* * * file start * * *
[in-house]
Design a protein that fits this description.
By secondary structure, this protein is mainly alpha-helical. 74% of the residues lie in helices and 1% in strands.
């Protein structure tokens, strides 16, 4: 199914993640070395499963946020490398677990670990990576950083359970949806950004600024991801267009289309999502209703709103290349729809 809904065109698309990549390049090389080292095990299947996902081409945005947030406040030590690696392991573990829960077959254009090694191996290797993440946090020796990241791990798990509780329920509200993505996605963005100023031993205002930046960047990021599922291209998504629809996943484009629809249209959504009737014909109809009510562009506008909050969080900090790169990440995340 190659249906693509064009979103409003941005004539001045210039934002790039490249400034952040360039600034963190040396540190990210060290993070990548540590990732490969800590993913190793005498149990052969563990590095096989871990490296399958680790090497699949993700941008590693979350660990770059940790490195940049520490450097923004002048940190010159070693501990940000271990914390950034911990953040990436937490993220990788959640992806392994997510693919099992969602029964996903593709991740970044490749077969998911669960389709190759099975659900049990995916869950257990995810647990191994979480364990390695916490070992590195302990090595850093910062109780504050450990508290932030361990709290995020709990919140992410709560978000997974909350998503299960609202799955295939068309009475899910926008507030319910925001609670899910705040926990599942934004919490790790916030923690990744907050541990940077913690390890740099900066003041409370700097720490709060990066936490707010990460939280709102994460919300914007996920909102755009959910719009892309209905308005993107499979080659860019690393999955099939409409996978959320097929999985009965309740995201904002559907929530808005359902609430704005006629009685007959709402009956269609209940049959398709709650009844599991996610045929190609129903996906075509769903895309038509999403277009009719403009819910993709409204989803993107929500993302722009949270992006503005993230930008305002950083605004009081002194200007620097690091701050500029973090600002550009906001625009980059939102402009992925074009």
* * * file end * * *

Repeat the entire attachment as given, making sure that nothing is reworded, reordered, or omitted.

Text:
[in-house]
Design a protein that fits this description.
By secondary structure, this protein is mainly alpha-helical. 74% of the residues lie in helices and 1% in strands.
């Protein structure tokens, strides 16, 4: 199914993640070395499963946020490398677990670990990576950083359970949806950004600024991801267009289309999502209703709103290349729809 809904065109698309990549390049090389080292095990299947996902081409945005947030406040030590690696392991573990829960077959254009090694191996290797993440946090020796990241791990798990509780329920509200993505996605963005100023031993205002930046960047990021599922291209998504629809996943484009629809249209959504009737014909109809009510562009506008909050969080900090790169990440995340 190659249906693509064009979103409003941005004539001045210039934002790039490249400034952040360039600034963190040396540190990210060290993070990548540590990732490969800590993913190793005498149990052969563990590095096989871990490296399958680790090497699949993700941008590693979350660990770059940790490195940049520490450097923004002048940190010159070693501990940000271990914390950034911990953040990436937490993220990788959640992806392994997510693919099992969602029964996903593709991740970044490749077969998911669960389709190759099975659900049990995916869950257990995810647990191994979480364990390695916490070992590195302990090595850093910062109780504050450990508290932030361990709290995020709990919140992410709560978000997974909350998503299960609202799955295939068309009475899910926008507030319910925001609670899910705040926990599942934004919490790790916030923690990744907050541990940077913690390890740099900066003041409370700097720490709060990066936490707010990460939280709102994460919300914007996920909102755009959910719009892309209905308005993107499979080659860019690393999955099939409409996978959320097929999985009965309740995201904002559907929530808005359902609430704005006629009685007959709402009956269609209940049959398709709650009844599991996610045929190609129903996906075509769903895309038509999403277009009719403009819910993709409204989803993107929500993302722009949270992006503005993230930008305002950083605004009081002194200007620097690091701050500029973090600002550009906001625009980059939102402009992925074009």